ALL THE MONEY IN THE WORLD
Had Ridley Scott's dramatic thriller about the 1973 kidnapping of J. Paul Getty's grandson been released in its intended form, with Kevin Spacey portraying the billionaire tyrant, All the Money in the World would likely have been commended for what it is: a solidly constructed, handsomely mounted, slightly bloated tale of avarice and determination boasting superb period detail and strong performances. But then, as has been widely reported, Spacey became the subject of numerous sexual-harrassment allegations, Scott re-cast the Getty role with Christopher Plummer, and all of Spacey's scenes were re-shot – in nine days – and blended with the previously completed footage almost in time for the movie's scheduled release date. (The film was supposed to open on December 22, and instead debuted on Christmas Day.) So I think it's time to commend Scott's achievement not merely for what it is, but for what it is in light of its circumstances: a freakin' miracle.
When I first heard about that nine-day re-shoot, I presumed that the character of Getty was, at best, an extended cameo. Certainly, the original trailer featuring Spacey made him seem like a Very Special Guest Star in a tale that focused primarily on the efforts of the kidnapped 16-year-old's mother Gail Harris (Michelle Williams) to retrieve her son with no financial assistance from her cruel, withholding former father-in-law. But Getty, it turns out, is all over the place here, with Plummer appearing in more than a dozen lengthy scenes – including flashbacks – and the scenes themselves radiating Scott's usual technical acumen and gifts for memorable composition and evocative imagery; it looks like it took nine days just to light the damned things.
Better still, having been given almost nothing in the way of prep time, Plummer doesn't feel the least bit like a placeholder. Instead, he gives what has to rank as among the most forceful, sinister, and majestic performances of Plummer's long screen career, creating a J. Paul Getty whose insatiable, diseased craving for more – more money, more respect, more ownership – has eradicated all remaining vestiges of compassion and humanity. At no point does Plummer try to win the audience's empathy, or even its understanding, and just when you think Getty can't possibly get more monstrous, he sinks even lower, agreeing to pay a greatly reduced and tax-deductible ransom in exchange for custody of all four of Harris' children. This Getty is loathsome, yet Plummer is remarkable – utterly terrifying, weirdly captivating, and almost obscenely entertaining.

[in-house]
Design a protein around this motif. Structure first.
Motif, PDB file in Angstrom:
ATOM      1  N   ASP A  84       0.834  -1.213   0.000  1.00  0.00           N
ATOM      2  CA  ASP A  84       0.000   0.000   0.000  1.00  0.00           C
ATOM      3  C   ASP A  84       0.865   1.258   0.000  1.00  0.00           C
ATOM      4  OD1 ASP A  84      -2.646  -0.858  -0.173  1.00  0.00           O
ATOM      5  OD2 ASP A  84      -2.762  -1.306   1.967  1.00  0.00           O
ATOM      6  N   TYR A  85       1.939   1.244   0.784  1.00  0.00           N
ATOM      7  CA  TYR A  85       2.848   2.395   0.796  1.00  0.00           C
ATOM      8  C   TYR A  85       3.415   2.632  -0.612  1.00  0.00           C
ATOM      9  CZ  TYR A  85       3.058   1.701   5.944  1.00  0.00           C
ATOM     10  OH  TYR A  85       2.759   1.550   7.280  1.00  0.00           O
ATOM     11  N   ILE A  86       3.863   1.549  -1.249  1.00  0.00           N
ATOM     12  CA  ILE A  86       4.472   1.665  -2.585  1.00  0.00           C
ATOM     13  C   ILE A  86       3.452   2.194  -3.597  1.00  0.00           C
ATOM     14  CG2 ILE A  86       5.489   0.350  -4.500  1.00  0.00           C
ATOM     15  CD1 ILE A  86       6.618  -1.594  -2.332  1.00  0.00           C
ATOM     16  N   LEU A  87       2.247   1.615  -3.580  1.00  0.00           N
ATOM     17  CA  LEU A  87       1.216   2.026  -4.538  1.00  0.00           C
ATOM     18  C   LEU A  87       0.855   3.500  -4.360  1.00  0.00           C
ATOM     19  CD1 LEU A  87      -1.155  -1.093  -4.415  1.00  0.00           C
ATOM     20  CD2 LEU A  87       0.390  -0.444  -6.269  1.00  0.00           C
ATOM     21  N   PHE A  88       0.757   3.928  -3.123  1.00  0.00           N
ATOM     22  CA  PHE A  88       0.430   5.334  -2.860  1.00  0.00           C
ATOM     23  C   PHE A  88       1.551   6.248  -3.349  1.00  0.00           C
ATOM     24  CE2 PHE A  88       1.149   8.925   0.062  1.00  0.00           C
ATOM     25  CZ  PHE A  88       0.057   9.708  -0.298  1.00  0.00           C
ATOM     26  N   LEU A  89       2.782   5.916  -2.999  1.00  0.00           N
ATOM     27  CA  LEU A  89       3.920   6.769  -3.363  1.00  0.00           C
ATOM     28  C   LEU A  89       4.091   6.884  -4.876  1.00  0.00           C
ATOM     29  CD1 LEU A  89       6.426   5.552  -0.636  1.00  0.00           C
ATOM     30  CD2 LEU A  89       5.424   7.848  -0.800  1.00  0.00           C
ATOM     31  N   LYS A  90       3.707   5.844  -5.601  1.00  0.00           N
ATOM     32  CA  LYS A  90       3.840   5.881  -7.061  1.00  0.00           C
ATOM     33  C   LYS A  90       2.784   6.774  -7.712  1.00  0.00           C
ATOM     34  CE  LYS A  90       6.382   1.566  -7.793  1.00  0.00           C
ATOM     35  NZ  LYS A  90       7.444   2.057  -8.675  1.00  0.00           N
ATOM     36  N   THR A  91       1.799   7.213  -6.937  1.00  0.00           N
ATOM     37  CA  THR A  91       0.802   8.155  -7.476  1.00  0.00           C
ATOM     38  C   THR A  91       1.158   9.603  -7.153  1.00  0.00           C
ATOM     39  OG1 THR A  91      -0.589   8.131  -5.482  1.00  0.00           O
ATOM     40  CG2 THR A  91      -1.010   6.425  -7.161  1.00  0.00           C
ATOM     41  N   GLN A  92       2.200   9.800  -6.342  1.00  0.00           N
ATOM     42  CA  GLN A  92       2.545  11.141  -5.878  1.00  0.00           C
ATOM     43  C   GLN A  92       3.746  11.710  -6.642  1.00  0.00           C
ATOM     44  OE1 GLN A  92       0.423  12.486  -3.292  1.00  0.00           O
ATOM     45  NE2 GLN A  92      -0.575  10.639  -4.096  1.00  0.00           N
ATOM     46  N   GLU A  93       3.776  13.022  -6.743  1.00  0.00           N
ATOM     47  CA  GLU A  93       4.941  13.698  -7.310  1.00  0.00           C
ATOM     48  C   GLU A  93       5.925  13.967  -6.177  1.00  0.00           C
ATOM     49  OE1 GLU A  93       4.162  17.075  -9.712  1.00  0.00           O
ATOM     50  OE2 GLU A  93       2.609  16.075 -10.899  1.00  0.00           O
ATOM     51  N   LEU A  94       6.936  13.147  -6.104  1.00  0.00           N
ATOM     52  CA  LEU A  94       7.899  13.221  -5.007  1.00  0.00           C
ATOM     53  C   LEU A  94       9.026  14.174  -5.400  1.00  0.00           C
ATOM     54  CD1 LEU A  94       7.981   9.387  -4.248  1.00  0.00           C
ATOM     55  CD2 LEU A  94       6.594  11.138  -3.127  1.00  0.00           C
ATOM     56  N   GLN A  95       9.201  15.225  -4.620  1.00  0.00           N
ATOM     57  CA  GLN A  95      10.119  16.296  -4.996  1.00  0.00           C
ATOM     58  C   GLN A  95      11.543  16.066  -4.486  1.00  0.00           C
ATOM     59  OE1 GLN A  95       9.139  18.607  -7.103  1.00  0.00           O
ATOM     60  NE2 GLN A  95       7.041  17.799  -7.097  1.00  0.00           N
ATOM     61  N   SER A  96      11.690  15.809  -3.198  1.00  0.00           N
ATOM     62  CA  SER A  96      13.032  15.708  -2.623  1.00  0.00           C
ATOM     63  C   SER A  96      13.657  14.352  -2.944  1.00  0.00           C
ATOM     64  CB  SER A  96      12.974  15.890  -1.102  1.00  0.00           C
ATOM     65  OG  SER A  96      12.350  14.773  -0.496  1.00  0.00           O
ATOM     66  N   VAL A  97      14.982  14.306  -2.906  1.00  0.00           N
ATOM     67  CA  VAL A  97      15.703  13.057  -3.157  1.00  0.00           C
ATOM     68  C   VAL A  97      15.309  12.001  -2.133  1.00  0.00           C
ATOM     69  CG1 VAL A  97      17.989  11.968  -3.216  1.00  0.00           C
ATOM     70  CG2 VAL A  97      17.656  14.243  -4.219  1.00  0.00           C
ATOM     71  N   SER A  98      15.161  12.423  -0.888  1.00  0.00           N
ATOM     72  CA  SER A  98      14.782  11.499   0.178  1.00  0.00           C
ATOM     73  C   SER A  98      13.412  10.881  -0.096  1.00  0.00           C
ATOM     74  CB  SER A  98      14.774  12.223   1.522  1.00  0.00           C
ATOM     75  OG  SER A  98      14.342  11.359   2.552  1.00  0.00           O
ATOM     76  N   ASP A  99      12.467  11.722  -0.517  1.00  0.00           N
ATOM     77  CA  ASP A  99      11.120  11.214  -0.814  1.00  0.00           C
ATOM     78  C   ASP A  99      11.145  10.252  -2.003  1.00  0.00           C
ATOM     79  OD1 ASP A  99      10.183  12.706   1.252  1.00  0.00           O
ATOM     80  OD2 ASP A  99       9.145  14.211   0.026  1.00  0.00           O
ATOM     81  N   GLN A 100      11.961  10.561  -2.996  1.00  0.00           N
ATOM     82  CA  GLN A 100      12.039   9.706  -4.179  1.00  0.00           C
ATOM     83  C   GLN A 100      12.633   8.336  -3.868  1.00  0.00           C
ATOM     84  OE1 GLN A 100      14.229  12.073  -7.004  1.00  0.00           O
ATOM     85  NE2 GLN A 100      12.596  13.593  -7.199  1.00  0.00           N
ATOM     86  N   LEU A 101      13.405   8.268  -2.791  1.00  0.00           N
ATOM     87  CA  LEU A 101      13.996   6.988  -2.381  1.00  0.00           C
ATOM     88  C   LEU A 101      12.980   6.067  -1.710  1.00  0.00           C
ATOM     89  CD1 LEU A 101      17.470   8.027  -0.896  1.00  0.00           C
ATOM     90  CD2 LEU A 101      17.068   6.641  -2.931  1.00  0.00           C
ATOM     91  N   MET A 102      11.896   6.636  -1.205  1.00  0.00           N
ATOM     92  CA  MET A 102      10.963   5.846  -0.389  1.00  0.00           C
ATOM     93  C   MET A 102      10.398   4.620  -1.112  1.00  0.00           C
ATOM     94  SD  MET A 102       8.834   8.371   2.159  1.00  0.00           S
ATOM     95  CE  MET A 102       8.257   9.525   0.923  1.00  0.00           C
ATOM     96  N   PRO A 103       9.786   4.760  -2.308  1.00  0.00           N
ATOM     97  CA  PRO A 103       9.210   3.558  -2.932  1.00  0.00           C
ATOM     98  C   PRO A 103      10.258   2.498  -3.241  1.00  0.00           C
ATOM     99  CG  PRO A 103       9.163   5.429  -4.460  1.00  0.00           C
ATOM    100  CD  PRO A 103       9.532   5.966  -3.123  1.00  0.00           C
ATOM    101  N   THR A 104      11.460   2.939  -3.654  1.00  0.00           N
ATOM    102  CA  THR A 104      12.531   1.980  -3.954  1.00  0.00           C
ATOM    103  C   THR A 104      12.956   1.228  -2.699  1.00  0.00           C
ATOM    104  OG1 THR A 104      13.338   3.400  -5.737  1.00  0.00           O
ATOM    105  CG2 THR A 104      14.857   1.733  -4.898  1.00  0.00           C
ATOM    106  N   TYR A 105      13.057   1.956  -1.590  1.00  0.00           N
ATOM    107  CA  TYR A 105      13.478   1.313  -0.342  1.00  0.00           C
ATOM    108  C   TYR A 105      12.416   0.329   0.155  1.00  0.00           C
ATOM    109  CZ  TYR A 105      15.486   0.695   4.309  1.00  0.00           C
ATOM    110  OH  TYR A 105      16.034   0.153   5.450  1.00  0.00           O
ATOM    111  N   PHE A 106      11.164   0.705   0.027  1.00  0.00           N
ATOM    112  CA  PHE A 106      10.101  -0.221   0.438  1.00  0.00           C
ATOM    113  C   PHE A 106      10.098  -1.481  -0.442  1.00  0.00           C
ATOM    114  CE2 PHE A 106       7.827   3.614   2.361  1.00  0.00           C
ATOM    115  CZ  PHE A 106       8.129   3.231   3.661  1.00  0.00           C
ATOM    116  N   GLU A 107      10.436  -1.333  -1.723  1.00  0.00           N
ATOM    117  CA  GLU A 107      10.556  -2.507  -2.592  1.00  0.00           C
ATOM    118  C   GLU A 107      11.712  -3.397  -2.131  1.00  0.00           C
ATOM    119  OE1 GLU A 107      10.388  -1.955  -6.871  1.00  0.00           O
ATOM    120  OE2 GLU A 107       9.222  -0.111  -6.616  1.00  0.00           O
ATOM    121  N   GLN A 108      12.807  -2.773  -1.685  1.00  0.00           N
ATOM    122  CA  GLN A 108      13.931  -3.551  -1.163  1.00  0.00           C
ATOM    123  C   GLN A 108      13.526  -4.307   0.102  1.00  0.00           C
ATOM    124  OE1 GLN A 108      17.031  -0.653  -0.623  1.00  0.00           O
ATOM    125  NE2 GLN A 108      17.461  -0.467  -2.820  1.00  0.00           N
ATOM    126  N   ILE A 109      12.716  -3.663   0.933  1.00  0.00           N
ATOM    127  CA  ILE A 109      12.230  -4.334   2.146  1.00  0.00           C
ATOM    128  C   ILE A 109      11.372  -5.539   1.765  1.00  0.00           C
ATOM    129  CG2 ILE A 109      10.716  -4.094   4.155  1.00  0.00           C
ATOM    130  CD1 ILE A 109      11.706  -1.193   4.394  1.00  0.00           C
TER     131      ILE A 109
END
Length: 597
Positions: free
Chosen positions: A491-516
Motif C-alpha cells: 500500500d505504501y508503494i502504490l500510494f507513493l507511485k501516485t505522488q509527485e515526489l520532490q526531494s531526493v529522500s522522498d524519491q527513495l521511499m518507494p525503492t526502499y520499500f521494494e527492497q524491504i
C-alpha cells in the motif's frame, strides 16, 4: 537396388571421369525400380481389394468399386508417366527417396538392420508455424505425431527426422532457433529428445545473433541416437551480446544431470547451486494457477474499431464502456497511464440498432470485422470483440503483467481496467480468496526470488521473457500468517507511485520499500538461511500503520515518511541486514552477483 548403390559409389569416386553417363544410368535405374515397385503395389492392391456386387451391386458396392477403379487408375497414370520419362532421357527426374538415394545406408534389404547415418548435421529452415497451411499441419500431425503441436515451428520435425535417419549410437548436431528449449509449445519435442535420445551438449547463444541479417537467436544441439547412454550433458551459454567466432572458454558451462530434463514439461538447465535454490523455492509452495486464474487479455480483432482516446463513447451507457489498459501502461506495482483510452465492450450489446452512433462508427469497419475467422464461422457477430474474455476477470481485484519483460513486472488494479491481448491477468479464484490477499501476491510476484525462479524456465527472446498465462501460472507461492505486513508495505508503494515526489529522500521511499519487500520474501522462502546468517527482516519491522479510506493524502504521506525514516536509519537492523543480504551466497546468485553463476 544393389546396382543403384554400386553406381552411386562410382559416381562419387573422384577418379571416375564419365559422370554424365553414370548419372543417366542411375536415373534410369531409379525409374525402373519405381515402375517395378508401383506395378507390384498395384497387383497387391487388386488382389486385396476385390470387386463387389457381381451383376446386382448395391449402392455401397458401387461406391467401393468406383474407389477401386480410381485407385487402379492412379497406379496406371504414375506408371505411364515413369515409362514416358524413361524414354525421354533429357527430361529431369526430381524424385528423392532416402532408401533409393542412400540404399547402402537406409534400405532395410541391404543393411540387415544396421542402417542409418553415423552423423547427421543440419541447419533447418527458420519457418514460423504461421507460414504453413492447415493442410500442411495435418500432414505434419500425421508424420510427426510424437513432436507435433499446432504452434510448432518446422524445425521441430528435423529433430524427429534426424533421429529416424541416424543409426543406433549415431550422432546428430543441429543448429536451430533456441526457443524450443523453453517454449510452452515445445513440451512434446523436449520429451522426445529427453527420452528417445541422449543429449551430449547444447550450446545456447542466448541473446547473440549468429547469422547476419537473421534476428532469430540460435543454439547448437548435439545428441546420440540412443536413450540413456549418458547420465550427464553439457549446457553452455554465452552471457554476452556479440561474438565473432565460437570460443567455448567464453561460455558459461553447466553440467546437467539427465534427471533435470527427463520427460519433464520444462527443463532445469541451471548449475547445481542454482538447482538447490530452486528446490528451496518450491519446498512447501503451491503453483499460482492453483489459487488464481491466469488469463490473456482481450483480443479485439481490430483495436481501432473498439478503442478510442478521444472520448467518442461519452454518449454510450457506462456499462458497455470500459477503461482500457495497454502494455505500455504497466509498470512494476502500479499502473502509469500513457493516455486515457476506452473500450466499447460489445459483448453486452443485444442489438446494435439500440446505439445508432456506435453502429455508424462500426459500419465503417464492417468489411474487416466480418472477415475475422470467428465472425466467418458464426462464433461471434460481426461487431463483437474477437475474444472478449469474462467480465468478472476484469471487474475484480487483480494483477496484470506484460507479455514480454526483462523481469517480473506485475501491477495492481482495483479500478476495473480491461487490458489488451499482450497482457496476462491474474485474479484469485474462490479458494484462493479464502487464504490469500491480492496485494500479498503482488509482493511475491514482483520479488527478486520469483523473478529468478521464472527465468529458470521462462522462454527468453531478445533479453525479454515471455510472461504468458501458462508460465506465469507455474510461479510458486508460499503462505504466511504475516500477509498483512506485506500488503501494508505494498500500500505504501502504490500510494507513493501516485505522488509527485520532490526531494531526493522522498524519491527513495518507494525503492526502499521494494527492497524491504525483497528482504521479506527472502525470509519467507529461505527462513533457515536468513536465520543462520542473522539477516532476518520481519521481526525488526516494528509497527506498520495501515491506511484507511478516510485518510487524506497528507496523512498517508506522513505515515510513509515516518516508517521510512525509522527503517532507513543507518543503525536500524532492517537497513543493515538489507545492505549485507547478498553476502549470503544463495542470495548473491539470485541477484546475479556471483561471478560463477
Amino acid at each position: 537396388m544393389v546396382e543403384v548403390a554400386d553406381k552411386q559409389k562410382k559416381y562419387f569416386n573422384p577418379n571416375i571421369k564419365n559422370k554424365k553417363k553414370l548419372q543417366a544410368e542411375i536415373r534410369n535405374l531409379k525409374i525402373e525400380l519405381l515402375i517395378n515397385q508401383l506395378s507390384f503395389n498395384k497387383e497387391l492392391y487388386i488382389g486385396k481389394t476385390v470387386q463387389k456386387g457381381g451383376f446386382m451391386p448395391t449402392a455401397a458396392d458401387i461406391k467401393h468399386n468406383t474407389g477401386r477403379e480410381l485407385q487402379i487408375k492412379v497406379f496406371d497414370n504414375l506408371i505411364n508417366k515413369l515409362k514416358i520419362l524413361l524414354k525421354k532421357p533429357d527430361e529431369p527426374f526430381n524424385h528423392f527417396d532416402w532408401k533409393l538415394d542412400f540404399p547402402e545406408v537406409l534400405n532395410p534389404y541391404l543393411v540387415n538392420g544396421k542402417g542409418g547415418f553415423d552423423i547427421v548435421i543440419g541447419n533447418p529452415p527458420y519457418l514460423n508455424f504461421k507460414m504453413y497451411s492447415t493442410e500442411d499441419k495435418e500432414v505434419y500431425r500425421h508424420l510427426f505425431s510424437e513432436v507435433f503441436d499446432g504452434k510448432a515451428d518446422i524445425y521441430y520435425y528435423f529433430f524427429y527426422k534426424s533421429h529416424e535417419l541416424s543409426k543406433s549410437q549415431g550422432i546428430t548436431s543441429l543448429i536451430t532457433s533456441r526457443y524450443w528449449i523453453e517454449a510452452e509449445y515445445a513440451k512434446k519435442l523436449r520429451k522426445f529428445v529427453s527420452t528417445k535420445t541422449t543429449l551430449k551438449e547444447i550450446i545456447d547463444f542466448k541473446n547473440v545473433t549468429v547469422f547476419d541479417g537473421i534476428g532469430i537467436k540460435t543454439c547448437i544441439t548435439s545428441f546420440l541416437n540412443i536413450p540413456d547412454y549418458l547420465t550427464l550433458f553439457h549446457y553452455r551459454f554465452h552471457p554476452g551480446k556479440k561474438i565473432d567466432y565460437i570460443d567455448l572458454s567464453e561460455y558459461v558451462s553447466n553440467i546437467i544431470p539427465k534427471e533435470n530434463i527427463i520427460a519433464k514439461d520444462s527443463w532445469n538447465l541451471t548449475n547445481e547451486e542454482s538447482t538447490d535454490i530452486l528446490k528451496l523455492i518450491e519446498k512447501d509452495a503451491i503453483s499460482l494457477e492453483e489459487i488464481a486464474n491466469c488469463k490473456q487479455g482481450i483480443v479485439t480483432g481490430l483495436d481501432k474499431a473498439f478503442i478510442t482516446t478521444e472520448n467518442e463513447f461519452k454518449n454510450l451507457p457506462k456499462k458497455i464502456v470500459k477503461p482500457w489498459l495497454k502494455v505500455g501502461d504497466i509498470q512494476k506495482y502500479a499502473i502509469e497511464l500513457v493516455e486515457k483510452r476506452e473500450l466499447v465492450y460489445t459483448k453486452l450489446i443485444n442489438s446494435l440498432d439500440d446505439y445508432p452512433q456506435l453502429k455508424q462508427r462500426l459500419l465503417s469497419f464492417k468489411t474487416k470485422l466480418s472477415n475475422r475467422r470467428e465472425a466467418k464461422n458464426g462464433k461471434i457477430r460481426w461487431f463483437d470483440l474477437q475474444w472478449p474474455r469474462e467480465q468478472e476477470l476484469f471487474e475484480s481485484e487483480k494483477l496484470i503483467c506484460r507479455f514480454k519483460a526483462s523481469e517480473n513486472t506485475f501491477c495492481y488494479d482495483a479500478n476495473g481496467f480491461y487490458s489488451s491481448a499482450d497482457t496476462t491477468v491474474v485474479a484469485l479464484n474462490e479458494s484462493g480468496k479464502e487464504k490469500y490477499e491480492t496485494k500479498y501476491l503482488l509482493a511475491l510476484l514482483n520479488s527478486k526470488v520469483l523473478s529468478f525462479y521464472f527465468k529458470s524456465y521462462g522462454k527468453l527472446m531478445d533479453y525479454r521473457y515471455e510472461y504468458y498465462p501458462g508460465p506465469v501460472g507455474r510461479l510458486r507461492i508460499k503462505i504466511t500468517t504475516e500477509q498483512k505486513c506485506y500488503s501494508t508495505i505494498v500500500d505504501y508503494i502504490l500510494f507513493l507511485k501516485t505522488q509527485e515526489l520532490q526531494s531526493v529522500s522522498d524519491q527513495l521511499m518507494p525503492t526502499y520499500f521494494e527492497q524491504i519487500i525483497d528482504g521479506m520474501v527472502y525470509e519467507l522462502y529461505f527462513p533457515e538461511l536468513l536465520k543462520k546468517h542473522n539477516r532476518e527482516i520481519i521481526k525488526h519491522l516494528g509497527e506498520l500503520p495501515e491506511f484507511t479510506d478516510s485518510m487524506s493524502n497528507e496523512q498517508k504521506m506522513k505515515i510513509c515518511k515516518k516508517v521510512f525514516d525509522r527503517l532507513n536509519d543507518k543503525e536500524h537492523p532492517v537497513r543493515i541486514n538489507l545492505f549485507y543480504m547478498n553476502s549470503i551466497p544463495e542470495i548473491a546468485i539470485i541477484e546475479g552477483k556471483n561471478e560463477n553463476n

He's so good, in truth, that you almost feel bad for the rest of Scott's film, which is first-rate yet hardly as electrifying as its Plummer sequences. (No doubt the threat of that nine-day deadline ratcheted up the energy.) But despite being saddled with some narrative repetition in its midsection, this is still a beautifully paced 130 minutes that feels as though it contains a mini-series worth of dramatic payoffs – screenwriter David Scarpa adapted John Pearson's book – and is one of the most consistently well-acted efforts on Scott's résumé. You can pretty much count on overall excellence when even Mark Wahlberg (as Getty's resident fixer) shakes off his recent cartoonishness to deliver a subtle, thoughtful portrayal, and equally smart work is provided by Charlie Plummer (no relation to Christopher) as the kidnapped John Paul Getty III, Andrew Buchan as his drug-addicted father, and Romain Duris as an alternately sympathetic and frightening captor. Williams, meanwhile, underplays with spectacular skill and bottomless maternal warmth, and ensures that All the Money in the World is emotionally gripping even when Christopher Plummer is nowhere in sight. When told by his kidnappers that she has to come up with $17 million for the return of her child, Harris tries to explain her removal from Getty's orbit with the desperate plea “I'm an ordinary person.” Harris may have been. Williams, on-screen, is anything but.
If you saw the trailers for Alexander Payne's Downsizing that were accompanied by the happy pulse of Talking Heads' “Once in a Lifetime,” you'd be right to expect a giddy sci-fi comedy about a guy undergoing a procedure that reduces him to five inches, and the nuttiness of his exposure to behemoth pencils, two-story dandelions, and Absolut Vodka bottles the size of moving vans. Those items are duly accounted for.